2 * 550 psi (3,800 kPa) boilers2 * 30,000 hp motors2 * shafts
Бойові сили та засоби
- Signaal DA05 / BEL PFN513 radar
- Signaal LW08 / BEL RAWL02 surface radar
- Signaal ZW06 / BEL RASHMI navigation radar
- Signaal M-45 navigation radar
- Westinghouse SQS-505 / Graesby 750 sonar
- Type 170 active attack sonar
- 2 * MK.6 Vickers 115mm guns
- 2 * AK-630 6-barreled 30 mm gatling guns
- 2 * Oerlikon 20mm guns
- 2 * triple ILAS 3 324 mm torpedo tubes with Whitehead A244S or the Indian NST-58 torpedoes
1 * Westland Sea King or 1 * HAL Chetak
The Nilgiri-class frigates were updated versions of the Leander class, designed and built for the Indian Navy by Mazagon Dock Limited in Mumbai. Six ships were built between 1972–81. Vessels of the class formed the 14th Frigate Squadron. The lead ship INS Nilgiri was the first major warship to be built in India in collaboration with Yarrow Shipbuilders of the United Kingdom.
The class and its lead ship, INS Nilgiri are named for the Nilgiri Hills. Subsequent ships in the class are also named for hill ranges of India.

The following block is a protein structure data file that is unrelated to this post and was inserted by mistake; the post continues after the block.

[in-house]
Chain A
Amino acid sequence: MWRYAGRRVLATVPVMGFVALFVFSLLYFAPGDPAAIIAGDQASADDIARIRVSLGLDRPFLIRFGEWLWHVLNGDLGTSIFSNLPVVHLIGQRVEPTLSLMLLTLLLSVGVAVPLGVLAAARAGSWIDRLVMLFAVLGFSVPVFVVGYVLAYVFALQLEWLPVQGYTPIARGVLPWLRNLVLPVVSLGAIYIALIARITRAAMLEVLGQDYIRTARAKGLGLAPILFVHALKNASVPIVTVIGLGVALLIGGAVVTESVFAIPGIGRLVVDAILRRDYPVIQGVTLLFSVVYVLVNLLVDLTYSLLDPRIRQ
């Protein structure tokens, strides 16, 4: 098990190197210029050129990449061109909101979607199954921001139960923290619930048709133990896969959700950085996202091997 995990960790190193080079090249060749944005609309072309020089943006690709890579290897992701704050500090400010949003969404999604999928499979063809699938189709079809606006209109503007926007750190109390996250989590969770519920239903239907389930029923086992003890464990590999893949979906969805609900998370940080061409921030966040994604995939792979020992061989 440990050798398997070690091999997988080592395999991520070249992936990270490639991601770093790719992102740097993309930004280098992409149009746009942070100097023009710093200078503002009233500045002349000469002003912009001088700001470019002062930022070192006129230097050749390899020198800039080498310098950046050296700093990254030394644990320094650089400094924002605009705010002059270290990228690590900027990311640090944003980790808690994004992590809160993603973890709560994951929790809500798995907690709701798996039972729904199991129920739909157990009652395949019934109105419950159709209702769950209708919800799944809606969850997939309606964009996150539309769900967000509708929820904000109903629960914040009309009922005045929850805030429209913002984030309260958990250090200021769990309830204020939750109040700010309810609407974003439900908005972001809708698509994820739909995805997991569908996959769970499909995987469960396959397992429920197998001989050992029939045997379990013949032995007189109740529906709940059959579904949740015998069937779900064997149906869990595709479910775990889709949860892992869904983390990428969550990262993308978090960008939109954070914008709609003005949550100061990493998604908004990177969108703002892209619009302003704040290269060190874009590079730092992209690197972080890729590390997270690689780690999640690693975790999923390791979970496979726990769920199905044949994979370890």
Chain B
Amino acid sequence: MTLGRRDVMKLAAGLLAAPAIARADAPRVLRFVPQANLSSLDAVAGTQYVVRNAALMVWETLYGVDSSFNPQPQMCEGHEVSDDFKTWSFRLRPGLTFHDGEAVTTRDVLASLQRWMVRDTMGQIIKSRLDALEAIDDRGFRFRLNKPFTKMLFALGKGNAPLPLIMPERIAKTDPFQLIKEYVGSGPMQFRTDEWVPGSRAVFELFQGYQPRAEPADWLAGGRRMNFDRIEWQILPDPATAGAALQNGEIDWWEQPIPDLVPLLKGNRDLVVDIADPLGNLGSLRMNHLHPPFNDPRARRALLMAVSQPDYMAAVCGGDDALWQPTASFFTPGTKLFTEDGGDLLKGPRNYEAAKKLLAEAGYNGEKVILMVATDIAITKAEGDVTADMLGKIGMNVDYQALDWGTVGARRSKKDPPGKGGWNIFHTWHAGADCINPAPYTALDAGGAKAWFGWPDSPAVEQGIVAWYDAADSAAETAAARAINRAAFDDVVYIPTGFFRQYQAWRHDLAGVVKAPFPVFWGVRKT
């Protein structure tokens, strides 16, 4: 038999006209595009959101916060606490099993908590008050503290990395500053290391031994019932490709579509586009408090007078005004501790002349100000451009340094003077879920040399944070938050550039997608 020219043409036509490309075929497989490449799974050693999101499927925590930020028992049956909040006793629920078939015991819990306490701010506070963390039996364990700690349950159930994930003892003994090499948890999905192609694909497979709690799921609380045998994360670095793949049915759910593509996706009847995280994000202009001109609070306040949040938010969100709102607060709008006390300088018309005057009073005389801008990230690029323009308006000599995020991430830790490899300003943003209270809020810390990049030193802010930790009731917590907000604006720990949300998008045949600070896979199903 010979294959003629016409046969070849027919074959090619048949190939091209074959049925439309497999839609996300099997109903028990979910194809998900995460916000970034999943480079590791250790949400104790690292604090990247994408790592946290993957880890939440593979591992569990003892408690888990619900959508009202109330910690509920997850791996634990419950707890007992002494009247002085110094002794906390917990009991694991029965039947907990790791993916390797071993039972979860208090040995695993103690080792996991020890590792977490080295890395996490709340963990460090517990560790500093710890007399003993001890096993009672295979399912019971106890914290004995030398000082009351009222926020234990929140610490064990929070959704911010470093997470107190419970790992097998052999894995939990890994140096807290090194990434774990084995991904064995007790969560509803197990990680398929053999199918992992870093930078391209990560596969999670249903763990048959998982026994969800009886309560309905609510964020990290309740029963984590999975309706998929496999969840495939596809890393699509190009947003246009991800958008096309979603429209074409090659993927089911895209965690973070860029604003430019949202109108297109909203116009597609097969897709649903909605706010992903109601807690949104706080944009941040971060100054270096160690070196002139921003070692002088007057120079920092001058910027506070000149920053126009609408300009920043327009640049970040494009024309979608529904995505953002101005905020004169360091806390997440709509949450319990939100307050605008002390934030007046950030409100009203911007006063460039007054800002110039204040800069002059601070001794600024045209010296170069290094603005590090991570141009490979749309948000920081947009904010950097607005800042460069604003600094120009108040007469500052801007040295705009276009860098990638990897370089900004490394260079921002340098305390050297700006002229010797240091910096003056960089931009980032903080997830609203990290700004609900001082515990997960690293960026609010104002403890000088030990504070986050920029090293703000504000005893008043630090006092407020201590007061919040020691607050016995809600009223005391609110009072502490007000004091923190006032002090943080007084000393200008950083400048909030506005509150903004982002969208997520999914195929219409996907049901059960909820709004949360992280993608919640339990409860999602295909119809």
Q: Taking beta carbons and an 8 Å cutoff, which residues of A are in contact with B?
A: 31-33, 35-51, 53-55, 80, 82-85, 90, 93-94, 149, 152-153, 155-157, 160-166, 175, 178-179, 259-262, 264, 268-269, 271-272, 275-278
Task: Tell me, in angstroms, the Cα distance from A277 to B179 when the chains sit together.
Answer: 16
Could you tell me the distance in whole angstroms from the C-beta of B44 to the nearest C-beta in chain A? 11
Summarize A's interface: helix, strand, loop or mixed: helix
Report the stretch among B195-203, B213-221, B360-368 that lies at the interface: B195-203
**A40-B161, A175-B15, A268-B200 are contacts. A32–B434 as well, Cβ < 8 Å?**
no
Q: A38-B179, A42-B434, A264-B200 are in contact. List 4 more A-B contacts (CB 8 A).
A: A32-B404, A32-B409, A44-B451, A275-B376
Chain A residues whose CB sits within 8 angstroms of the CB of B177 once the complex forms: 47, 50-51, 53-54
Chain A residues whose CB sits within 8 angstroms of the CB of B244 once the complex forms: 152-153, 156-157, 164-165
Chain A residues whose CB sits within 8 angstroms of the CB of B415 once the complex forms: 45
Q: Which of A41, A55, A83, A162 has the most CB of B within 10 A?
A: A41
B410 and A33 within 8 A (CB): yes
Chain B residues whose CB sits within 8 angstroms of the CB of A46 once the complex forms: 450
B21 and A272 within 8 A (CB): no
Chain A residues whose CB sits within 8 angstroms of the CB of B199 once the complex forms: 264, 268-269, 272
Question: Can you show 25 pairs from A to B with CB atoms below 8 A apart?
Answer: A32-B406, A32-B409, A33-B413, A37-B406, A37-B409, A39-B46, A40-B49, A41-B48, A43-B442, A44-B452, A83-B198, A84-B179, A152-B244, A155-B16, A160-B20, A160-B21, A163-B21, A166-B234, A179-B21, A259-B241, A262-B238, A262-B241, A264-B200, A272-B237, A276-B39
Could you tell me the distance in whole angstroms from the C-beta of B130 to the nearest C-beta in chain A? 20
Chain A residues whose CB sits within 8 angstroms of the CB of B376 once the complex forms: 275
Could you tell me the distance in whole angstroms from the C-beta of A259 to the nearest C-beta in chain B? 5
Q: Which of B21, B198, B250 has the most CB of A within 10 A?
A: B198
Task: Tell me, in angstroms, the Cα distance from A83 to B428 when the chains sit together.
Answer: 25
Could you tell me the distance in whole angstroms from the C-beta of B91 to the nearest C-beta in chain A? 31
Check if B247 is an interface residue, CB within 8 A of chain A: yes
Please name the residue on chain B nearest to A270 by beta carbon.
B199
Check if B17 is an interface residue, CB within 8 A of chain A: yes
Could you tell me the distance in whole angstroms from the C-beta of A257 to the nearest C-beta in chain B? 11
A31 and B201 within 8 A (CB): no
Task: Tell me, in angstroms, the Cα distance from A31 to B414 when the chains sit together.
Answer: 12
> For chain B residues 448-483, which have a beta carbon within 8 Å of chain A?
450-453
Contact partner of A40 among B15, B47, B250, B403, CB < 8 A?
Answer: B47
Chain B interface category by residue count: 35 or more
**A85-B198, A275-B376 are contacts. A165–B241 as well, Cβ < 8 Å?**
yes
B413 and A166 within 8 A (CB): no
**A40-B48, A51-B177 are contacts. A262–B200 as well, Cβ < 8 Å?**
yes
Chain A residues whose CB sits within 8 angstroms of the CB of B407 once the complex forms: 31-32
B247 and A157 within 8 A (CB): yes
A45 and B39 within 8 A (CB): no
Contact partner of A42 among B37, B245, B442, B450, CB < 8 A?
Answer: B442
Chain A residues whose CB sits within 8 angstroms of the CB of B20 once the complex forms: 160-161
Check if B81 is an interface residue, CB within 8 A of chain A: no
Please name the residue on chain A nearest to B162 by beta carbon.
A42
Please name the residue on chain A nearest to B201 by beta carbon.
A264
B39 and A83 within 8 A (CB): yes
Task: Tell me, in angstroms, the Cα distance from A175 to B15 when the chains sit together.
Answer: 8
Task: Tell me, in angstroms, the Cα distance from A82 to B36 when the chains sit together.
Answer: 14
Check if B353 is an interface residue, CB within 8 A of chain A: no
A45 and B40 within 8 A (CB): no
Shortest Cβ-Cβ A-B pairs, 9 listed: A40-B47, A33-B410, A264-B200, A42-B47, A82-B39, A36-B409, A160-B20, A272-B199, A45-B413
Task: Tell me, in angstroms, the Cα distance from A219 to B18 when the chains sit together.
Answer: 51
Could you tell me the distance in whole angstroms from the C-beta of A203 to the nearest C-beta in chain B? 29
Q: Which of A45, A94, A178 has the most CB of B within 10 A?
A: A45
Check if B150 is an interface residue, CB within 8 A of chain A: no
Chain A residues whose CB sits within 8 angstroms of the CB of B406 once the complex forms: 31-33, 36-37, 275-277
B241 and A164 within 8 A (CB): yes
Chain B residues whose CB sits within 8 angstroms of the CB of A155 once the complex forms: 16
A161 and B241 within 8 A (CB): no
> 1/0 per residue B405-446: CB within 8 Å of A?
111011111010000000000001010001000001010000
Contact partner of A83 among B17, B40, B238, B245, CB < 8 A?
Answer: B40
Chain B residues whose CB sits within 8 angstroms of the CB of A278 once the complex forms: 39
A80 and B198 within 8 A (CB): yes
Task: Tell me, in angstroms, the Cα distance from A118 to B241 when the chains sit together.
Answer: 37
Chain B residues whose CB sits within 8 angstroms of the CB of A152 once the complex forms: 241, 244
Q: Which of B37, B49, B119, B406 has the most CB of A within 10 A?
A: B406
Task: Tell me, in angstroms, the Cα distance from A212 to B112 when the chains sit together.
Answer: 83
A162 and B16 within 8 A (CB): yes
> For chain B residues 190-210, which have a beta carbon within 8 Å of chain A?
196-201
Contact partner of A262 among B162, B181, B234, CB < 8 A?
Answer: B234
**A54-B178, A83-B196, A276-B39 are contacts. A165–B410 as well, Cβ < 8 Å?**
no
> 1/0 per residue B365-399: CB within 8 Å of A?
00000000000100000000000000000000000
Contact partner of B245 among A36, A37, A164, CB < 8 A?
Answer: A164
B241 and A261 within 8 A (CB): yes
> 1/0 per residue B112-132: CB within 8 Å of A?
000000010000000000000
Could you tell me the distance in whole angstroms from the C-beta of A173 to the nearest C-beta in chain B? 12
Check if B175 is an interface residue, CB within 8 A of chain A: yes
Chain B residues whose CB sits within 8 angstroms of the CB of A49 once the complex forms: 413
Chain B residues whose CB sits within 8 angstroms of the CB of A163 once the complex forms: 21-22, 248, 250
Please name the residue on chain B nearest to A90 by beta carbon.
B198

When the British refused to provide license production of the radar suite, the Indian Navy teamed up with Signaal of Netherlands to license-build a similar radar search, tracking and fire control suite in India, which went into the latter five ships. Improved versions of the Signaal search radar continues to be fitted in later classes of Indian Navy ships. The last two ships, INS Vindhyagiri and INS Taragiri were modified significantly with the addition of a Sea King ASW helicopter, a collapsible Canadian hangar, ILAS 324 mm triple torpedo tubes and a Bofors ASW twin barrel mortar. This re-design was done indigenously by the Indian Navy and gave it much needed experience and confidence in ship-design and modification. They were also fitted with an indigenous ASW fire control action information system which was a first for the Indian electronics industry. This project was led by the late Captain (later Rear Admiral) Prakash N Gour. The British categorically refused to extend their design warranty to the Indian modifications which nevertheless proved to be a success.
The Nilgiri class has been decommissioned by the navy, with the entry into service of the Shivalik-class. Five ships have been decommissioned and one sunk in an accident. INS Taragiri was the last ship of the class to be decommissioned, on 27 June 2013 in Mumbai, after serving 33 years in the navy.